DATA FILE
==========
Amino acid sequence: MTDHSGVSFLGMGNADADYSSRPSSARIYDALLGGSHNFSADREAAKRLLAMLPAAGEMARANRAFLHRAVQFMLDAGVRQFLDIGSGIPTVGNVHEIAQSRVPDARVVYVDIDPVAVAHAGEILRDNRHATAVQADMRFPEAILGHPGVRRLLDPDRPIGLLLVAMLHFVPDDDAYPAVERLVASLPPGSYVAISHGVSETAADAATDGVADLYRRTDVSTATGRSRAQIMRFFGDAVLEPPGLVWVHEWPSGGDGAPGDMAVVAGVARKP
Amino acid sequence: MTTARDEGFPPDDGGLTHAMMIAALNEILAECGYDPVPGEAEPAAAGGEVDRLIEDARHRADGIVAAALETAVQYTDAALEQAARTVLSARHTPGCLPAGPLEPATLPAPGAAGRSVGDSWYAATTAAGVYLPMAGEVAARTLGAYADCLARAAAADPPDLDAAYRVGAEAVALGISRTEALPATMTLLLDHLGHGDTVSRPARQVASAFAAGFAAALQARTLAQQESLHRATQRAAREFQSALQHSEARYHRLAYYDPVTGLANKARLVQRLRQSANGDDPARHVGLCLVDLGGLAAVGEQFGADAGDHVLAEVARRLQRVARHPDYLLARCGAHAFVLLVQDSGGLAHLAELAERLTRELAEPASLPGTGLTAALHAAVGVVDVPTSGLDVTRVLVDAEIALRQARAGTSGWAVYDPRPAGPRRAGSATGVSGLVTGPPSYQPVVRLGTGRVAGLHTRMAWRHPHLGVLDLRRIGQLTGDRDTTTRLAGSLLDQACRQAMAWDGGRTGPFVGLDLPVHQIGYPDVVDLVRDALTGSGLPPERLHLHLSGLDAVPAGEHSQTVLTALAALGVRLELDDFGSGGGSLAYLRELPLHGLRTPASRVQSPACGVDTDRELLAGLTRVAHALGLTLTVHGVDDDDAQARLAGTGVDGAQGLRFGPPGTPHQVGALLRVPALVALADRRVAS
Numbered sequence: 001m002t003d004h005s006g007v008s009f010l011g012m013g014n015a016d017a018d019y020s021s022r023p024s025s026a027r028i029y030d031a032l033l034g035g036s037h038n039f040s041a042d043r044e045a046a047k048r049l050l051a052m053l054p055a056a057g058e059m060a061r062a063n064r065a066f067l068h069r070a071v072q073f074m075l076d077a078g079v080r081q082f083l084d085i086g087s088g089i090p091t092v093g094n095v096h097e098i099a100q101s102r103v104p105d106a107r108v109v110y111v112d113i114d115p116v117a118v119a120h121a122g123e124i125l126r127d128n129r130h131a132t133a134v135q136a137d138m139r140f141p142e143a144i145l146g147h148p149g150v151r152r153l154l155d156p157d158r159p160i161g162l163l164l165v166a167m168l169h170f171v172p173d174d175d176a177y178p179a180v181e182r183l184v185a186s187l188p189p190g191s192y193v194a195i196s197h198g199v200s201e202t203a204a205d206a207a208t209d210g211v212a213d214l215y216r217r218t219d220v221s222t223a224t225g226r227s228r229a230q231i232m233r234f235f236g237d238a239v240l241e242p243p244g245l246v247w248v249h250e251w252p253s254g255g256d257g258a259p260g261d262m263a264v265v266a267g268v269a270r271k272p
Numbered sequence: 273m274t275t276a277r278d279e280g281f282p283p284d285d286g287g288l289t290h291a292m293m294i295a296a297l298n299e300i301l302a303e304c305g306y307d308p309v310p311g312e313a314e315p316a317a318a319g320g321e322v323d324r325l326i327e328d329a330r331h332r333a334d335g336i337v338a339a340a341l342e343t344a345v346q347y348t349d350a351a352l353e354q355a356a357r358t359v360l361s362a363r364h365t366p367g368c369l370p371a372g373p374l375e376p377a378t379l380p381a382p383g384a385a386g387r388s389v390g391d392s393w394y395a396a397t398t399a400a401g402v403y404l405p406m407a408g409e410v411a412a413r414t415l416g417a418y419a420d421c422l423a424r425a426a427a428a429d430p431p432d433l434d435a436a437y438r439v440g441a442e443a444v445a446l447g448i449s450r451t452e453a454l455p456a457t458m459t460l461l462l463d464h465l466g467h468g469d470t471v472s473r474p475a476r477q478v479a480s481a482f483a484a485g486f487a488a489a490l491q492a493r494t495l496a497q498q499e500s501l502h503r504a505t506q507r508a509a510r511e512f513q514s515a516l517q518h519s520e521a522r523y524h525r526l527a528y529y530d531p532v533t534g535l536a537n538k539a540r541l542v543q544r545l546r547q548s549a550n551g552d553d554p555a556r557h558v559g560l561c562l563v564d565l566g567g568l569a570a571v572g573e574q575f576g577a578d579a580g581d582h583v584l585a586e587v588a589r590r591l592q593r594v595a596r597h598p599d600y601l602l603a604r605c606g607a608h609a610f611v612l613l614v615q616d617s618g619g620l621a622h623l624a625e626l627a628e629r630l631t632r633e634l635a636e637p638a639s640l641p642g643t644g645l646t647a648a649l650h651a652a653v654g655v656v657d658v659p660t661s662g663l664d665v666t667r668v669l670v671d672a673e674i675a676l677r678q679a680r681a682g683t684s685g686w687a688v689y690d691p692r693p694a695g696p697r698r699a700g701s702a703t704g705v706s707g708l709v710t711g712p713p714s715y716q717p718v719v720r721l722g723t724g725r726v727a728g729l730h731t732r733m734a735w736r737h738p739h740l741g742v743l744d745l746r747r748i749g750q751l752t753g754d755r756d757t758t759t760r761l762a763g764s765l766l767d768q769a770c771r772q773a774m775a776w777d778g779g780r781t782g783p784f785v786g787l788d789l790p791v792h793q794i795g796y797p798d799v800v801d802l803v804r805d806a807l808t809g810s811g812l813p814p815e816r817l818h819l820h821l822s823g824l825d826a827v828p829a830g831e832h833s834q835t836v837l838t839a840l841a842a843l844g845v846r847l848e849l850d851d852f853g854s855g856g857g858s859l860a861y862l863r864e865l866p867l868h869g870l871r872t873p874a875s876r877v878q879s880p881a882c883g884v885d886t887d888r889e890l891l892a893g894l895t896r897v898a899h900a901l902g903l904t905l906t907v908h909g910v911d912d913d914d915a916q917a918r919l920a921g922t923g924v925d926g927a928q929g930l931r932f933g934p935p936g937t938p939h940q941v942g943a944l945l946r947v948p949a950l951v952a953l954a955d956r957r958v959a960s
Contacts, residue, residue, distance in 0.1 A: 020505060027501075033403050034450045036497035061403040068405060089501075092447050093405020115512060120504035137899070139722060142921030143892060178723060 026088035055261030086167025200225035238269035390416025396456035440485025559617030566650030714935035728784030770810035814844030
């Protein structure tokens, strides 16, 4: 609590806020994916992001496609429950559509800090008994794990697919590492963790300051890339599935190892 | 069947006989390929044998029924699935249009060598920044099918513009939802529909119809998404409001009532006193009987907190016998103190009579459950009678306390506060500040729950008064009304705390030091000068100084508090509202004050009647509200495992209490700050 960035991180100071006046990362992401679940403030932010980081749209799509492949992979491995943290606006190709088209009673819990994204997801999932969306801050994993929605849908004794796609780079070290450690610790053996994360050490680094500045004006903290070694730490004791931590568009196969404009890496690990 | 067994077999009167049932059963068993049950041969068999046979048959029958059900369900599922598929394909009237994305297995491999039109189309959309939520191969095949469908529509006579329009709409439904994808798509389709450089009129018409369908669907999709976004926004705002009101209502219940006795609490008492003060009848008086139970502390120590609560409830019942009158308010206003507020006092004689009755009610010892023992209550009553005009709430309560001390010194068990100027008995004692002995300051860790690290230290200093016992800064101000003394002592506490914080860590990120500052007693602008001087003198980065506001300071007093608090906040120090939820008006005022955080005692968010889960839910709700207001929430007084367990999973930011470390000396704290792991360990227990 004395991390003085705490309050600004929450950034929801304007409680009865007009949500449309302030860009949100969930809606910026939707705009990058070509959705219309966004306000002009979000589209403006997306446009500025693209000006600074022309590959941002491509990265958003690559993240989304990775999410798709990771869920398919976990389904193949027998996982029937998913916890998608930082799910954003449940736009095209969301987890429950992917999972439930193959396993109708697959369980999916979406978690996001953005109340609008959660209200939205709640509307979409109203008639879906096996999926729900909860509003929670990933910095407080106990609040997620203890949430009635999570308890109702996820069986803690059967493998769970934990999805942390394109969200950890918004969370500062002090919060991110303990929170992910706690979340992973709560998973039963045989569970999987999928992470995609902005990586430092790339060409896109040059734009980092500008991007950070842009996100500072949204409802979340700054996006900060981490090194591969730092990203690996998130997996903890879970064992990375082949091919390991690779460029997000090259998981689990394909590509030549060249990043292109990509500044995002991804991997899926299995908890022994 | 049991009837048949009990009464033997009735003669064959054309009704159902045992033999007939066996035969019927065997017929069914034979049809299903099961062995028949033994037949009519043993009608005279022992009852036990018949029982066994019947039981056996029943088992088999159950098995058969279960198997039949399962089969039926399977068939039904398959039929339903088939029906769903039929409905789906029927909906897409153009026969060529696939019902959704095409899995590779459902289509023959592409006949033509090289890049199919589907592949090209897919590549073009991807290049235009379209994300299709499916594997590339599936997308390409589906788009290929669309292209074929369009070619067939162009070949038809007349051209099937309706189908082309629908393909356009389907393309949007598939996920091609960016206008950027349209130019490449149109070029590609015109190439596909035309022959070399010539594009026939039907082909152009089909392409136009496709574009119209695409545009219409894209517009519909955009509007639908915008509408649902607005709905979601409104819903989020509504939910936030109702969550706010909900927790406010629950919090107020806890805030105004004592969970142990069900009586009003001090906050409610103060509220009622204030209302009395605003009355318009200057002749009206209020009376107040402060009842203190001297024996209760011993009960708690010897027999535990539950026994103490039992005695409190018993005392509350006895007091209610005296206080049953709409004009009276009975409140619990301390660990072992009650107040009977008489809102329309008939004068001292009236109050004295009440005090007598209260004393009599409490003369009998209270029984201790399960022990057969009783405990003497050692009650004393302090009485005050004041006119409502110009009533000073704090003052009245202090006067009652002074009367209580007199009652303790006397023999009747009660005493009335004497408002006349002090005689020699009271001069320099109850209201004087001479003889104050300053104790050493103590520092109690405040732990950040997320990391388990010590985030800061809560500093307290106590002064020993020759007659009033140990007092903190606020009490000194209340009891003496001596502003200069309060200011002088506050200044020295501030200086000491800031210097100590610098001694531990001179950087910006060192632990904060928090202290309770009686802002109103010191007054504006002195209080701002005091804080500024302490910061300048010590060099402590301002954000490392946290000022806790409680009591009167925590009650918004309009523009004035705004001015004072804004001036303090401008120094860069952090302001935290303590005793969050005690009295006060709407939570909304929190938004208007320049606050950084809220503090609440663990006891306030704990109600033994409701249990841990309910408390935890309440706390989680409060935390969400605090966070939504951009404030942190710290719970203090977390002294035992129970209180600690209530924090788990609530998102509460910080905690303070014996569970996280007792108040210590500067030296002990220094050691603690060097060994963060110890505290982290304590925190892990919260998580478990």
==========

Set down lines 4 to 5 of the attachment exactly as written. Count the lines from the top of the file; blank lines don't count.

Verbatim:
Numbered sequence: 273m274t275t276a277r278d279e280g281f282p283p284d285d286g287g288l289t290h291a292m293m294i295a296a297l298n299e300i301l302a303e304c305g306y307d308p309v310p311g312e313a314e315p316a317a318a319g320g321e322v323d324r325l326i327e328d329a330r331h332r333a334d335g336i337v338a339a340a341l342e343t344a345v346q347y348t349d350a351a352l353e354q355a356a357r358t359v360l361s362a363r364h365t366p367g368c369l370p371a372g373p374l375e376p377a378t379l380p381a382p383g384a385a386g387r388s389v390g391d392s393w394y395a396a397t398t399a400a401g402v403y404l405p406m407a408g409e410v411a412a413r414t415l416g417a418y419a420d421c422l423a424r425a426a427a428a429d430p431p432d433l434d435a436a437y438r439v440g441a442e443a444v445a446l447g448i449s450r451t452e453a454l455p456a457t458m459t460l461l462l463d464h465l466g467h468g469d470t471v472s473r474p475a476r477q478v479a480s481a482f483a484a485g486f487a488a489a490l491q492a493r494t495l496a497q498q499e500s501l502h503r504a505t506q507r508a509a510r511e512f513q514s515a516l517q518h519s520e521a522r523y524h525r526l527a528y529y530d531p532v533t534g535l536a537n538k539a540r541l542v543q544r545l546r547q548s549a550n551g552d553d554p555a556r557h558v559g560l561c562l563v564d565l566g567g568l569a570a571v572g573e574q575f576g577a578d579a580g581d582h583v584l585a586e587v588a589r590r591l592q593r594v595a596r597h598p599d600y601l602l603a604r605c606g607a608h609a610f611v612l613l614v615q616d617s618g619g620l621a622h623l624a625e626l627a628e629r630l631t632r633e634l635a636e637p638a639s640l641p642g643t644g645l646t647a648a649l650h651a652a653v654g655v656v657d658v659p660t661s662g663l664d665v666t667r668v669l670v671d672a673e674i675a676l677r678q679a680r681a682g683t684s685g686w687a688v689y690d691p692r693p694a695g696p697r698r699a700g701s702a703t704g705v706s707g708l709v710t711g712p713p714s715y716q717p718v719v720r721l722g723t724g725r726v727a728g729l730h731t732r733m734a735w736r737h738p739h740l741g742v743l744d745l746r747r748i749g750q751l752t753g754d755r756d757t758t759t760r761l762a763g764s765l766l767d768q769a770c771r772q773a774m775a776w777d778g779g780r781t782g783p784f785v786g787l788d789l790p791v792h793q794i795g796y797p798d799v800v801d802l803v804r805d806a807l808t809g810s811g812l813p814p815e816r817l818h819l820h821l822s823g824l825d826a827v828p829a830g831e832h833s834q835t836v837l838t839a840l841a842a843l844g845v846r847l848e849l850d851d852f853g854s855g856g857g858s859l860a861y862l863r864e865l866p867l868h869g870l871r872t873p874a875s876r877v878q879s880p881a882c883g884v885d886t887d888r889e890l891l892a893g894l895t896r897v898a899h900a901l902g903l904t905l906t907v908h909g910v911d912d913d914d915a916q917a918r919l920a921g922t923g924v925d926g927a928q929g930l931r932f933g934p935p936g937t938p939h940q941v942g943a944l945l946r947v948p949a950l951v952a953l954a955d956r957r958v959a960s
Contacts, residue, residue, distance in 0.1 A: 020505060027501075033403050034450045036497035061403040068405060089501075092447050093405020115512060120504035137899070139722060142921030143892060178723060 026088035055261030086167025200225035238269035390416025396456035440485025559617030566650030714935035728784030770810035814844030